In a race between two can-do Baby Boomer white guys, the edge would seem to go to the Republican. That perception was borne out last week by the first Tennessee Power Poll, which asked civic and business leaders in the state’s four largest cities who they planned to vote for and who they thought would win. The cities lean Democratic, so it’s no surprise that 65 percent of those who responded said they planned to vote for Dean. But 74 percent of respondents said they think Lee will be elected.
Both races are interesting from a Knoxville perspective for a few reasons. First, there is no local name on either ballot. We are seeing a changing of the guard in the leadership of the state GOP, which for many decades was anchored in the traditionally Republican counties of East Tennessee.
For the past 50 years, the state’s Republican lineage has descended largely from former Sen. Howard Baker: Both Sen. Lamar Alexander and former Sen. Fred Thompson served under Baker in different capacities, and one of Baker’s staunchest supporters was Pilot Oil founder Jim Haslam, father of our current governor. Sen. Bob Corker, whose retirement has created the vacancy Blackburn and Bredesen are vying to fill, is also a Haslam friend and ally, and was a college roommate of Jimmy Haslam, the governor’s older brother.
There was talk of Bill Haslam running for Corker’s seat, but the governor quashed it quickly. The only heir to the Baker-Haslam mantle to run this year was Boyd, who instead of governor will now be interim president of the University of Tennessee. Jim Haslam has stepped up to serve as one of Blackburn’s campaign finance chairs, but the fiery Blackburn is far from the mold of measured conservatism that has marked East Tennessee Republicans. Compare her full-throated embrace of Trump to Corker’s periodic jabs at the president’s policies and demeanor, or to Bill Haslam’s public refusal to endorse Trump at all.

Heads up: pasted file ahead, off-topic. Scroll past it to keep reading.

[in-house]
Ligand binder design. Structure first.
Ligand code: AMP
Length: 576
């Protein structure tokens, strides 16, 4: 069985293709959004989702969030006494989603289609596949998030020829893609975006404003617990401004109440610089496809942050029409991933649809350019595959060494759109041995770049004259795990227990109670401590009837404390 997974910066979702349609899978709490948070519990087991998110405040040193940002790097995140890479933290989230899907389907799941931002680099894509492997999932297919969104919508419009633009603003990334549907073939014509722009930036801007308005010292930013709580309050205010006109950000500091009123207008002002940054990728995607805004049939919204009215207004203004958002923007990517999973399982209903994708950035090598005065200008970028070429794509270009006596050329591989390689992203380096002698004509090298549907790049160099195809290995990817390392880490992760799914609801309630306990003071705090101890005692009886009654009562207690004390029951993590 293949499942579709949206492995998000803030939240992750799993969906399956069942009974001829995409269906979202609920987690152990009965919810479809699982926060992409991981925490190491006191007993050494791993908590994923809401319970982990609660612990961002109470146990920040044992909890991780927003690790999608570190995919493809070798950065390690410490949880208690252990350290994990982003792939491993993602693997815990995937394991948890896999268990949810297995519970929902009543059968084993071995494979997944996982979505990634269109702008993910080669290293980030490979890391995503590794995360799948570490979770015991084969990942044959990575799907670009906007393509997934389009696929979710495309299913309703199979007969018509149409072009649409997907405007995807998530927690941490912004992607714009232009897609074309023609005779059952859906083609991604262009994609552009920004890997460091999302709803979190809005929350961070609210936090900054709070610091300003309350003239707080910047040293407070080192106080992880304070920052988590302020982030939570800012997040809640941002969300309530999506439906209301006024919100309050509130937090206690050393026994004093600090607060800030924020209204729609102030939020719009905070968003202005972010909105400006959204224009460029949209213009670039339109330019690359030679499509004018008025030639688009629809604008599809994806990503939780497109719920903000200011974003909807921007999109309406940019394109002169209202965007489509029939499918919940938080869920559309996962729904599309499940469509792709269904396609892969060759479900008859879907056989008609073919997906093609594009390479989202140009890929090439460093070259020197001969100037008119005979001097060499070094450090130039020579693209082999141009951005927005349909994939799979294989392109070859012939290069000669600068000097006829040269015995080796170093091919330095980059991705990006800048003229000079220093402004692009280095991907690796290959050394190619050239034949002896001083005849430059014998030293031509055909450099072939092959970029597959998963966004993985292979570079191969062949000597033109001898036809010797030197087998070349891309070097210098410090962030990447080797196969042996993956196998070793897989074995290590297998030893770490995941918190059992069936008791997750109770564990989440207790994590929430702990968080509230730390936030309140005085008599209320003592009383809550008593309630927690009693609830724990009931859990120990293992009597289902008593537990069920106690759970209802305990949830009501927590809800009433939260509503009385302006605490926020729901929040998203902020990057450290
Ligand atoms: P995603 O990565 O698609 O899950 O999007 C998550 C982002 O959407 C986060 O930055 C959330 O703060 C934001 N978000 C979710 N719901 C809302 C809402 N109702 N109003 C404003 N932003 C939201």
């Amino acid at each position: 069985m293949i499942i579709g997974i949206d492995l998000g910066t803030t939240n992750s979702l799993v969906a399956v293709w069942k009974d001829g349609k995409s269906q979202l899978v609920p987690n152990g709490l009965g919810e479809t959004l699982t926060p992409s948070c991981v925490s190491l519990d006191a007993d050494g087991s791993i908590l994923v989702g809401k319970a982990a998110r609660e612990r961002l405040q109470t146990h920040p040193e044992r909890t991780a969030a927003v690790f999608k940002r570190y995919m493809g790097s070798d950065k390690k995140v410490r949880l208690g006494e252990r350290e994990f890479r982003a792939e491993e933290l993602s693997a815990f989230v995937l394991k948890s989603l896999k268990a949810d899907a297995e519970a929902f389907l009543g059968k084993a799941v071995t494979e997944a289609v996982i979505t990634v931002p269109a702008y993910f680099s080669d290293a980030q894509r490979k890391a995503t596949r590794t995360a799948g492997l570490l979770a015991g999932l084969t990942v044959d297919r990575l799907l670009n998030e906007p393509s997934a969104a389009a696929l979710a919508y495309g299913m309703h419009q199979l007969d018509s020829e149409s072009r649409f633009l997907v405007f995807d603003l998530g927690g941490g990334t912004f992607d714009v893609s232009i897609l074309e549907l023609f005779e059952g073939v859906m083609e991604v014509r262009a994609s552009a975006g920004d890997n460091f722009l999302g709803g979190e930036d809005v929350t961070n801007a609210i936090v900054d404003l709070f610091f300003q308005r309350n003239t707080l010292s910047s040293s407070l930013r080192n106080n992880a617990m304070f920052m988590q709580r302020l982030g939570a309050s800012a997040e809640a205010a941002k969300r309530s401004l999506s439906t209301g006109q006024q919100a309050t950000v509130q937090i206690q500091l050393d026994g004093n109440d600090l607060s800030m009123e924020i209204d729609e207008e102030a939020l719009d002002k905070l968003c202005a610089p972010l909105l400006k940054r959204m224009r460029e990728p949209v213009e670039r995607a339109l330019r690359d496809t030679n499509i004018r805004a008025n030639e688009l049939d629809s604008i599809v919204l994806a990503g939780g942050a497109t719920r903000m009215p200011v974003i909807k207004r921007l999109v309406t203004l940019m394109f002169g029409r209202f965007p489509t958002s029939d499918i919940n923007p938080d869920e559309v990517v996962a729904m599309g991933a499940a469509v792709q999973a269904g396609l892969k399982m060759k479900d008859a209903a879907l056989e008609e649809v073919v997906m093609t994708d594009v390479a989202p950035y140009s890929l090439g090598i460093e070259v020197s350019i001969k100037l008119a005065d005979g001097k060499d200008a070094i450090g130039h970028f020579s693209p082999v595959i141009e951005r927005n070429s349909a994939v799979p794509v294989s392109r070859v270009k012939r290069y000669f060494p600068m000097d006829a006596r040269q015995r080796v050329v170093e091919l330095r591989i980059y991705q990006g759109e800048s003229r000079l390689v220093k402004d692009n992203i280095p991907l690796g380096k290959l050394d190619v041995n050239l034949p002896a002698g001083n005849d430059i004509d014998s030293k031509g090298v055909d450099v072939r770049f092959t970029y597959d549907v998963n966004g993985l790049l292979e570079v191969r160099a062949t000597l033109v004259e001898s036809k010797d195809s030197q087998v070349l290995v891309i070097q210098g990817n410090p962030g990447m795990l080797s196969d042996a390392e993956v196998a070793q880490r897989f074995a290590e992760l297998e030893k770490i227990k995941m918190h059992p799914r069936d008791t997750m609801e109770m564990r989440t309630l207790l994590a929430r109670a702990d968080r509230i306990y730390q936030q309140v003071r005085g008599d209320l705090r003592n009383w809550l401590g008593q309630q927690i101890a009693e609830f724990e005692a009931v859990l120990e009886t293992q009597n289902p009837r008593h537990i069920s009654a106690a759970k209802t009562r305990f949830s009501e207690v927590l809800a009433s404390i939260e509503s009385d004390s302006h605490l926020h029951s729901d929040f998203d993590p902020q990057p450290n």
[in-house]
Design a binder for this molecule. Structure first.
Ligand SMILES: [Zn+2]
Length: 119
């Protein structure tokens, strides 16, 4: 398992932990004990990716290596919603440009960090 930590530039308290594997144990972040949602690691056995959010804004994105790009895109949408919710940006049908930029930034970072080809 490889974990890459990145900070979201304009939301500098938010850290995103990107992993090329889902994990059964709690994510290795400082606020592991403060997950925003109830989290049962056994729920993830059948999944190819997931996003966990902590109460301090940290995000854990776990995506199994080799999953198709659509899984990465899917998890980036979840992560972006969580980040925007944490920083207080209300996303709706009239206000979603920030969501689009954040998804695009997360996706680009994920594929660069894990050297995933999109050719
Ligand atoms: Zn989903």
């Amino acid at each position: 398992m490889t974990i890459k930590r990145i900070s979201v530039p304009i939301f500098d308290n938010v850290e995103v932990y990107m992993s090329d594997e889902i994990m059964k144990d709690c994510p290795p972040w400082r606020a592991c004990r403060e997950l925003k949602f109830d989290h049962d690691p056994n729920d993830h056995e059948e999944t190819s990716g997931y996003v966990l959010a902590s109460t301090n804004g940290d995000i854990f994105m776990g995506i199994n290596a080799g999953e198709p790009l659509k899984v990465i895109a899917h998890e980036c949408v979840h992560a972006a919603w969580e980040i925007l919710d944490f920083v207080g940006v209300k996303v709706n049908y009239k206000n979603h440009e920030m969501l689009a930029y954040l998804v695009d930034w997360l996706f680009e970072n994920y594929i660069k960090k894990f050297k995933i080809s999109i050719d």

Whether Blackburn wins or loses, it is clear that the balance of power in the state GOP is shifting away from the East and toward the former Dixiecrat strongholds of Middle and West Tennessee.
The governor’s race is also of interest to city-limits Knoxville specifically because if Lee wins, he will be the first governor in 16 years who has not served as a mayor of one of Tennessee’s major cities. Despite their party difference, both Haslam and Bredesen brought municipal experience with them to the governor’s office.
The current Legislature is dominated by suburban and rural Republicans, who tend to view the Big Four metro areas as bastions of liberalism (even if they appreciate their economic impact). Bills are introduced every year to limit the powers of cities on issues ranging from land use to LGBT rights to gun control. Haslam has often been willing to defend cities’ local authority, sometimes successfully. Lee has not been talking much about cities in his campaign, focusing on rural economic development and other issues.
The 2nd Congressional District has been held by a Republican since 1867 and by a member of the Duncan family since 1965. Besides Knox County, it covers Blount, Claiborne, Grainger and Loudon counties, and parts of Jefferson and Campbell counties. In 2016, the U.S. Census American Community Survey estimated the district had a total population of 740,182, of whom 89 percent were white, 6 percent were African-American, and 4 percent were Hispanic or Latino.
Former Knox County Mayor Tim Burchett has an edge in party affiliation and campaign experience over Democratic candidate Renee Hoyos, who is on leave from her longtime position as executive director of the Tennessee Clean Water Network. Burchett has run and won seven campaigns for office. This is Hoyos’ first.